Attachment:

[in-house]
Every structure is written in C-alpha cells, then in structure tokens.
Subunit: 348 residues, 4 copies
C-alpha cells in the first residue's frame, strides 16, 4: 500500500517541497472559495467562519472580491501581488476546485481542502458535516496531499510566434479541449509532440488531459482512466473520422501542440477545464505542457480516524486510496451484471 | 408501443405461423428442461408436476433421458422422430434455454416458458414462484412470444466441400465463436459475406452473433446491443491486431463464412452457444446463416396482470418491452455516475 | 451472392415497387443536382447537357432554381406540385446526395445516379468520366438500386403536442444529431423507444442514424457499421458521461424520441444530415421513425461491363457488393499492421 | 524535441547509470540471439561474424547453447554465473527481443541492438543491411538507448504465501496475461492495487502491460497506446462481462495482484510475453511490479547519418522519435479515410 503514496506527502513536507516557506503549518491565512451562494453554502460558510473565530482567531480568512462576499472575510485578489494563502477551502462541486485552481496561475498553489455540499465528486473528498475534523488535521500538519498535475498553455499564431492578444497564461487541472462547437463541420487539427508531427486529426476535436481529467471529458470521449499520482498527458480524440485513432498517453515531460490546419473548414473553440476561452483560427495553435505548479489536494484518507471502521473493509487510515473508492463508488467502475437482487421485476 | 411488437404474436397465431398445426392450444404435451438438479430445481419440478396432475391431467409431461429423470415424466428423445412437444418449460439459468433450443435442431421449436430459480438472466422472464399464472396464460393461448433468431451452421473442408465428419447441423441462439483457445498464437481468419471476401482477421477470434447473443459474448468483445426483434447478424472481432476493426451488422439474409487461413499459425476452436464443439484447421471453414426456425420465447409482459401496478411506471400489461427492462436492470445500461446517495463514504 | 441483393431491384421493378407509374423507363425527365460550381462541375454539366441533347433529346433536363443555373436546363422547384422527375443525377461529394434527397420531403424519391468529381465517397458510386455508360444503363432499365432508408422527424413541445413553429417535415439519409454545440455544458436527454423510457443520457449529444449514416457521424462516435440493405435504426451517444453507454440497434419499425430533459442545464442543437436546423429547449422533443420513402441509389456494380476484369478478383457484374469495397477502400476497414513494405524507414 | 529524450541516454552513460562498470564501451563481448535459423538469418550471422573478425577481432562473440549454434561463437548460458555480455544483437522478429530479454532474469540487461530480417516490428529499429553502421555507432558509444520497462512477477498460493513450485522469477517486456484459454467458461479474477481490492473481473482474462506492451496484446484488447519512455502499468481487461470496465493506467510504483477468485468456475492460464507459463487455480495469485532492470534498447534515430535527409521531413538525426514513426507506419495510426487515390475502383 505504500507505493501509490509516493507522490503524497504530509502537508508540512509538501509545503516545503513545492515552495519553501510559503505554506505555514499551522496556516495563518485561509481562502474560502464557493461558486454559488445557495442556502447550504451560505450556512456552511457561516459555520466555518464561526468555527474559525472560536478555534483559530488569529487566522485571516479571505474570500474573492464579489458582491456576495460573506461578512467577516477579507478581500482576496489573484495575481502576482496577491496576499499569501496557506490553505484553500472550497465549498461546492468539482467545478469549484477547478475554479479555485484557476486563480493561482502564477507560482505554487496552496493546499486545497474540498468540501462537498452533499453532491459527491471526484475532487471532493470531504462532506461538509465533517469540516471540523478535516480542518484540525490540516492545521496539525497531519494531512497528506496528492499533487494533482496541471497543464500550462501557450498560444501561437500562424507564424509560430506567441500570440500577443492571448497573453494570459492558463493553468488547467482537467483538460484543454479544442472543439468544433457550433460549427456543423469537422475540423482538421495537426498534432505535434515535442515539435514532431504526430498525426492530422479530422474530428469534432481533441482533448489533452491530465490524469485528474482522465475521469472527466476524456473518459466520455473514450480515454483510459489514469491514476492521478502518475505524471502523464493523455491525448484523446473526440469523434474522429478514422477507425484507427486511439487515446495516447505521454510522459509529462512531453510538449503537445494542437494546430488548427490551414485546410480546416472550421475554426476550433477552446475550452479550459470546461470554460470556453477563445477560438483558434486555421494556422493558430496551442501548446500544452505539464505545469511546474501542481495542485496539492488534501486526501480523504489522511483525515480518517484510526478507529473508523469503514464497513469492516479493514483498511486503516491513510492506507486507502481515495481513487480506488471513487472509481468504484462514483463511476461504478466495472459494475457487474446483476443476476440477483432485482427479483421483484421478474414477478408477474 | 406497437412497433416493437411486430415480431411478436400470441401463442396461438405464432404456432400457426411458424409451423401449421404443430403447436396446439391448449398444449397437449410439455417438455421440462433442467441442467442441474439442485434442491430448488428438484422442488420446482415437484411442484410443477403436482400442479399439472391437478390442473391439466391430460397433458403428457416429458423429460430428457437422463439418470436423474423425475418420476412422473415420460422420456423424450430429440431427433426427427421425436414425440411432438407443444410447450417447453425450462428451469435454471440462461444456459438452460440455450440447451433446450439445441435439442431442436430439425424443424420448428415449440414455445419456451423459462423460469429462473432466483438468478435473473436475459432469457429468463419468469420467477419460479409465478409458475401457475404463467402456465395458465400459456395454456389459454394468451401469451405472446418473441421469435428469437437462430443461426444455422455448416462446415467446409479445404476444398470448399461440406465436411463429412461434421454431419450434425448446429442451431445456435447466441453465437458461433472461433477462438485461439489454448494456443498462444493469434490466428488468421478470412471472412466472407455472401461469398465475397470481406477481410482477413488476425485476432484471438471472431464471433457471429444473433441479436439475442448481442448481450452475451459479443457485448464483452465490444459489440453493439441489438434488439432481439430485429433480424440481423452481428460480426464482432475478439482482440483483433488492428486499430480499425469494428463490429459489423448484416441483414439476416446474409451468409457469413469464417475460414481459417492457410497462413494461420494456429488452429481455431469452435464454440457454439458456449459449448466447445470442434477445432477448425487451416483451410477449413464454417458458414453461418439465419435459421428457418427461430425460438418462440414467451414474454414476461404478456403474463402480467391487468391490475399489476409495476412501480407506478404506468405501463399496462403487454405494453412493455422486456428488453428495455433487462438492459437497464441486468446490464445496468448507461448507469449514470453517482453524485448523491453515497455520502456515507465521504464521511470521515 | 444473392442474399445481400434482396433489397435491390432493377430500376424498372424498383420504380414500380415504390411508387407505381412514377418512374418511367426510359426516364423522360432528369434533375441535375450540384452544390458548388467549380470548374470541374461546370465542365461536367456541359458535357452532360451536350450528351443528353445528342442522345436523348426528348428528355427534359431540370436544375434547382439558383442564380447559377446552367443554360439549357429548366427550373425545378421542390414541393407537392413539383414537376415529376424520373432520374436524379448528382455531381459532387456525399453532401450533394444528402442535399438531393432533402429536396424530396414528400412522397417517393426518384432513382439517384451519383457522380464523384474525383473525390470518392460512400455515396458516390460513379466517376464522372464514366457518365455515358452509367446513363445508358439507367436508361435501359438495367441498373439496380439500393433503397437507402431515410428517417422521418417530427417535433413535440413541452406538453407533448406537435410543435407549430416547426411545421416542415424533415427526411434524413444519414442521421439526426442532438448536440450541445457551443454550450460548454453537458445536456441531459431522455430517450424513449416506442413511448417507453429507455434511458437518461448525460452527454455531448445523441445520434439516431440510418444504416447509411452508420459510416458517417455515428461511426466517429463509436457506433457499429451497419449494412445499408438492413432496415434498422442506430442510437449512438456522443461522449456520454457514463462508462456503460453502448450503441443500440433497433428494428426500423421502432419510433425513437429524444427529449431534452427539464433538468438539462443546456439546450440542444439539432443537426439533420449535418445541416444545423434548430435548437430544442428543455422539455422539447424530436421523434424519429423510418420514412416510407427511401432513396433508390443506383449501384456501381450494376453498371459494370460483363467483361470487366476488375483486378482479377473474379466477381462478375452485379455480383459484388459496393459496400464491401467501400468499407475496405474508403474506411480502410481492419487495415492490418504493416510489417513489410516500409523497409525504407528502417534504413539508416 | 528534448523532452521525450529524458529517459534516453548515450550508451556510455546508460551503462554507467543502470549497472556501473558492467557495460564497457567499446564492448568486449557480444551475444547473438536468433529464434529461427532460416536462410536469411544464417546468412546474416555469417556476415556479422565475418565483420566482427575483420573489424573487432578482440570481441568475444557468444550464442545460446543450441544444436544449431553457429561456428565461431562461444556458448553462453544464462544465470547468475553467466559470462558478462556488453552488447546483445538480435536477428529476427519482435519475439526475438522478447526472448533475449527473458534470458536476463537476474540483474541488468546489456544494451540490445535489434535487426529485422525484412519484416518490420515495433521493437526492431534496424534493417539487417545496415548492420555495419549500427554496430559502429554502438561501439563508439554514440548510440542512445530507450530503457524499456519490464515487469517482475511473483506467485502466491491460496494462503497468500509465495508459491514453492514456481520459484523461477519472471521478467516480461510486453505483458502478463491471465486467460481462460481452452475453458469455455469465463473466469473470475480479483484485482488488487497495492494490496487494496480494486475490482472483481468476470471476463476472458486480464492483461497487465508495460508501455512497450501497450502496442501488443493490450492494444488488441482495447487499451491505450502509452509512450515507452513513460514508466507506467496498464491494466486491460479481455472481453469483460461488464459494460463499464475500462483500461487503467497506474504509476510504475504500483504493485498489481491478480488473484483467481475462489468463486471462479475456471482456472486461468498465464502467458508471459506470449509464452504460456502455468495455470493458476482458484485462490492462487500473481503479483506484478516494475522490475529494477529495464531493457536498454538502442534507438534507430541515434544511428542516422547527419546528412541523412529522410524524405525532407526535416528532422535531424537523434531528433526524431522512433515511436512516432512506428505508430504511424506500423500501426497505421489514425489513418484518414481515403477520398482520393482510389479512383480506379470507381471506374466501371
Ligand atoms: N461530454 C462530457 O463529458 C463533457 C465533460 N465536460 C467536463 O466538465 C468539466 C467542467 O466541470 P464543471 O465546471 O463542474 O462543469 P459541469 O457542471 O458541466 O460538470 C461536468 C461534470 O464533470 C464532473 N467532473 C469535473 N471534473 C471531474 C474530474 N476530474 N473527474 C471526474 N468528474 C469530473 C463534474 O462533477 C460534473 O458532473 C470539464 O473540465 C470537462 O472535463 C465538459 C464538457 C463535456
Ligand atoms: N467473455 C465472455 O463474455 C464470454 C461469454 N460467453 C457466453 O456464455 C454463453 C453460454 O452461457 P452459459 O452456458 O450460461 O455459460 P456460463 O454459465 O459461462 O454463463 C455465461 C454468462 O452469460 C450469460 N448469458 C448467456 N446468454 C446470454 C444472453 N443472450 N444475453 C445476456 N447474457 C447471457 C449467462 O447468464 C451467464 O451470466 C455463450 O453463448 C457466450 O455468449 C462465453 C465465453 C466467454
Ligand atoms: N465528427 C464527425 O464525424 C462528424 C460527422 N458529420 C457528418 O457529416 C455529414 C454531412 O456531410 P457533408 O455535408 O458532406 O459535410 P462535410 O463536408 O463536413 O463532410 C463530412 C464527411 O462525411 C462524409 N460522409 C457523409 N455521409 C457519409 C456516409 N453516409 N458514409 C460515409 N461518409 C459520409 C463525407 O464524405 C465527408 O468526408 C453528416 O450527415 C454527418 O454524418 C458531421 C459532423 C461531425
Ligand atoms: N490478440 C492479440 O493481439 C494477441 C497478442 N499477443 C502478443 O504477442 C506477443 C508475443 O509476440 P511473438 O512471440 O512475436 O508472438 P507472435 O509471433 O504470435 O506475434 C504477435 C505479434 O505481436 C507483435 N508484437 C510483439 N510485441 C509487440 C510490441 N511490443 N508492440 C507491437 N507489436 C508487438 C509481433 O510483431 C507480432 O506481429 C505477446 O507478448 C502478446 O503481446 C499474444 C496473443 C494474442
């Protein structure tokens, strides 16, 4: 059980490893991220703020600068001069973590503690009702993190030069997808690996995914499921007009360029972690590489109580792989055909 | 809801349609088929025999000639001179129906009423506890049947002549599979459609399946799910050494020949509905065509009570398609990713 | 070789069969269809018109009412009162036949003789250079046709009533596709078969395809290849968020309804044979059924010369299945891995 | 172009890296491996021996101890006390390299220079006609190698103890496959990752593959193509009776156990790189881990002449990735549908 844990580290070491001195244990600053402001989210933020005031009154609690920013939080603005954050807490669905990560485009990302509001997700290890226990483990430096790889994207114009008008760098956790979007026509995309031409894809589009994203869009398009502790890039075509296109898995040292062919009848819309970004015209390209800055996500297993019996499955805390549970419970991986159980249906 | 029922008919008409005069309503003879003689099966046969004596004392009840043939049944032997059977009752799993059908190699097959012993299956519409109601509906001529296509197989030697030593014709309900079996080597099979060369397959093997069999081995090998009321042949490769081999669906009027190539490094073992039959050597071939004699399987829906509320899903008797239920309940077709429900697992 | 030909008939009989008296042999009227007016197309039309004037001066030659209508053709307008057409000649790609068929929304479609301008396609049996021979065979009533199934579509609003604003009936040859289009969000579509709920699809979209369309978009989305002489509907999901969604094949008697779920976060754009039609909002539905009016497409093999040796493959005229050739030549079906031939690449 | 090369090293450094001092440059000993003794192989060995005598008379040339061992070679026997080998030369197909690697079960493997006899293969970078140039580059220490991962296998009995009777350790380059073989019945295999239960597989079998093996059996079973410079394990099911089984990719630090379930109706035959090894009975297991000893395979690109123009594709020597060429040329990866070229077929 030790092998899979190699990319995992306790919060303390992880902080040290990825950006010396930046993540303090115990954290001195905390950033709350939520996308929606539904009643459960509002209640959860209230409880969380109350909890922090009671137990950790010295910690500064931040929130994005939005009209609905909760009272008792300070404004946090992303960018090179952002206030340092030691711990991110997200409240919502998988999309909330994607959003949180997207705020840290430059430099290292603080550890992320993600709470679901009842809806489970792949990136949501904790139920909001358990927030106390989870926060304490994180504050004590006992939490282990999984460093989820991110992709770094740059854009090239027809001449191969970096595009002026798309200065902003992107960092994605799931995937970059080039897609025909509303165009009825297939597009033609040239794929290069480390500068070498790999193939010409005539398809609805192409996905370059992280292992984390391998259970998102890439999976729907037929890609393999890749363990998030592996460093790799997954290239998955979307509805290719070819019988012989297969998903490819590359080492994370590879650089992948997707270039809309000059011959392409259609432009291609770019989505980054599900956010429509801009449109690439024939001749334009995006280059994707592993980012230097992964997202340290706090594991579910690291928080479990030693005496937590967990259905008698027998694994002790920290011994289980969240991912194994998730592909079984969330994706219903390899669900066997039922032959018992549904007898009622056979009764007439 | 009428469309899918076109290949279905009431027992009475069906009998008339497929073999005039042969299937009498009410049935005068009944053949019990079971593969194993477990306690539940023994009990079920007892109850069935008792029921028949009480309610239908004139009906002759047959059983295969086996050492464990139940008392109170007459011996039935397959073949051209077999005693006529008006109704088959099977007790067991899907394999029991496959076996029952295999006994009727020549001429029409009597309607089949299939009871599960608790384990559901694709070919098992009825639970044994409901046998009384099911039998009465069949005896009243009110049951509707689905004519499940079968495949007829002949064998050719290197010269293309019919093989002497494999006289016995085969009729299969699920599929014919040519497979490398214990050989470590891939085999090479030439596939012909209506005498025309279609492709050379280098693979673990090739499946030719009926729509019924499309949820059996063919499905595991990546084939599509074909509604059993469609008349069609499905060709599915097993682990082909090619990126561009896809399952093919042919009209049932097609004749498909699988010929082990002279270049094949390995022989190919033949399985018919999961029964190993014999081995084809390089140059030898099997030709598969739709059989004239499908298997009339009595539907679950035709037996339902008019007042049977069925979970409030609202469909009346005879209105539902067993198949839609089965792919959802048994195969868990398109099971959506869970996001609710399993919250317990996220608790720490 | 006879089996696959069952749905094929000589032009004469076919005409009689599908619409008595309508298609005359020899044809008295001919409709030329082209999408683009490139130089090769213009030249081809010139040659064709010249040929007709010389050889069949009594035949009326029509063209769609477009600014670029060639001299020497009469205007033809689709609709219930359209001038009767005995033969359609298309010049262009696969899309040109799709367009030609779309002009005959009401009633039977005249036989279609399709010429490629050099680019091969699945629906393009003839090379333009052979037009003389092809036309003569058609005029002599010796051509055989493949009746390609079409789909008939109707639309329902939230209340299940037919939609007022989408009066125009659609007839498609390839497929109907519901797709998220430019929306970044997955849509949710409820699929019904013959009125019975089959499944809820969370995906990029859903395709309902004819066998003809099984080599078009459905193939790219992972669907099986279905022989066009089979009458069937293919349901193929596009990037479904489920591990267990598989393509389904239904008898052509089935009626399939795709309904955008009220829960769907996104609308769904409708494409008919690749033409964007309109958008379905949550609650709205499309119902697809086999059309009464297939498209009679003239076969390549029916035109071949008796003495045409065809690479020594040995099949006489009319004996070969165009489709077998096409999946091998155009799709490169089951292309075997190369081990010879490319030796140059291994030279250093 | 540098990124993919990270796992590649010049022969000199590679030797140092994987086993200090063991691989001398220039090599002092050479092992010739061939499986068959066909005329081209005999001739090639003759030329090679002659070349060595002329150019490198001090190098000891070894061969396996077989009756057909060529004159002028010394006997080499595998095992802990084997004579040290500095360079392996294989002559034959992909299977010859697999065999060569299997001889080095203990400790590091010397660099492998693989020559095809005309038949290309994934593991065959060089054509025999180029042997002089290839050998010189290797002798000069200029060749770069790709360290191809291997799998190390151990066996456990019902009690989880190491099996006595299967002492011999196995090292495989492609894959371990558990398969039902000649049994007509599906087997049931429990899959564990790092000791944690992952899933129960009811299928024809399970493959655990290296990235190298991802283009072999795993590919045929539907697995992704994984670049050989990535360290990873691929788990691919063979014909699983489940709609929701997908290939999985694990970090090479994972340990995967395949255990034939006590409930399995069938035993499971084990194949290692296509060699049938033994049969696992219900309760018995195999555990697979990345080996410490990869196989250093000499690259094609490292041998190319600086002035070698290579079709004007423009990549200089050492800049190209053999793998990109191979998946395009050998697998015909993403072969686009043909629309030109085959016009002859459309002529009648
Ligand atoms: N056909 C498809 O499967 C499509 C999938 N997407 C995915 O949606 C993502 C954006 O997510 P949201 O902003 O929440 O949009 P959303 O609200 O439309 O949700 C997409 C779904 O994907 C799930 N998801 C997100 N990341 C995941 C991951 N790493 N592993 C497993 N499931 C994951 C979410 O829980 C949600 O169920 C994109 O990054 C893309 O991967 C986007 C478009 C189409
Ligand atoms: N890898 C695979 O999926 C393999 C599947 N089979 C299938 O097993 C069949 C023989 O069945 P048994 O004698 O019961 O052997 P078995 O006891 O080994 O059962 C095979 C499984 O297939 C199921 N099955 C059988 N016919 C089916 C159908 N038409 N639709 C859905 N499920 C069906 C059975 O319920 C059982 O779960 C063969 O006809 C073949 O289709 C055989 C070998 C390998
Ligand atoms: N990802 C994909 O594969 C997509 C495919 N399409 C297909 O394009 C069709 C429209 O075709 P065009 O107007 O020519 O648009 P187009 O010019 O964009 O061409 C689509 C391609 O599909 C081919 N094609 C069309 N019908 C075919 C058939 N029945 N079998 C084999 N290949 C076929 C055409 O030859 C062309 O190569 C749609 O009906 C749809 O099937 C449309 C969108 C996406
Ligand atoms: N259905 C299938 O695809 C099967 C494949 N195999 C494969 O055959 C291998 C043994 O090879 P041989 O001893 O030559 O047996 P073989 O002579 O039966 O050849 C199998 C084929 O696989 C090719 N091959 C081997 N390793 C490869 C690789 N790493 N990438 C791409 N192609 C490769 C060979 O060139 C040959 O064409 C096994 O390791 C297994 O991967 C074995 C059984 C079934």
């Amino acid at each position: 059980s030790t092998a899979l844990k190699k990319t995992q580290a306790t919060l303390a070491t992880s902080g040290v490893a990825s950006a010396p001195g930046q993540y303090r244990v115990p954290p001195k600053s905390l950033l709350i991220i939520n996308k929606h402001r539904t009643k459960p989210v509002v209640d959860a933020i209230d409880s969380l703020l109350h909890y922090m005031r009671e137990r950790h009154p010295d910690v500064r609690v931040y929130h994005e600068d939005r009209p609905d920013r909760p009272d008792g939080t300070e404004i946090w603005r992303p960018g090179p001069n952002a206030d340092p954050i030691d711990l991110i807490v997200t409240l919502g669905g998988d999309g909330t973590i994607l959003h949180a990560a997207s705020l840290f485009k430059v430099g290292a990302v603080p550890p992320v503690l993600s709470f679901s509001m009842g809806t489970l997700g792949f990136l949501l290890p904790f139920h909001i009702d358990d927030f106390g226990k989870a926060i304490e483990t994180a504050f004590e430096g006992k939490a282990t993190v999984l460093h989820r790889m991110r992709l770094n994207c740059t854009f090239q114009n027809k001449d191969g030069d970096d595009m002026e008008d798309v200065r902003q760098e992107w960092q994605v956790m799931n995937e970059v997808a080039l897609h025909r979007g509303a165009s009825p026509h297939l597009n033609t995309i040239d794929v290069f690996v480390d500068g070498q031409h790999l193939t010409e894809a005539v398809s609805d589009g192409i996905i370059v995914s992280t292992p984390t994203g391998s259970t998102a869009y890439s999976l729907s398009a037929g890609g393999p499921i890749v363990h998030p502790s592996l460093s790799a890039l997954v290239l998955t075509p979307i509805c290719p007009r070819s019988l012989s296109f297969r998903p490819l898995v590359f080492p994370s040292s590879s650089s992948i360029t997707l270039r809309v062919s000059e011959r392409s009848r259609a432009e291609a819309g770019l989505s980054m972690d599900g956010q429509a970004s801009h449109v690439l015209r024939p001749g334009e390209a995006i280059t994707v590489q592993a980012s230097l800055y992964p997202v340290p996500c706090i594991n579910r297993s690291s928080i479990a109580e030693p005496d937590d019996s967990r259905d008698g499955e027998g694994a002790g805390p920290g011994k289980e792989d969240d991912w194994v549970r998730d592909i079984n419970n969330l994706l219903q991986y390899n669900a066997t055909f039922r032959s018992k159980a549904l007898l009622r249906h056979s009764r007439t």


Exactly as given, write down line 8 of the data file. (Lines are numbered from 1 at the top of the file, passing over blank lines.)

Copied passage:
Ligand atoms: N490478440 C492479440 O493481439 C494477441 C497478442 N499477443 C502478443 O504477442 C506477443 C508475443 O509476440 P511473438 O512471440 O512475436 O508472438 P507472435 O509471433 O504470435 O506475434 C504477435 C505479434 O505481436 C507483435 N508484437 C510483439 N510485441 C509487440 C510490441 N511490443 N508492440 C507491437 N507489436 C508487438 C509481433 O510483431 C507480432 O506481429 C505477446 O507478448 C502478446 O503481446 C499474444 C496473443 C494474442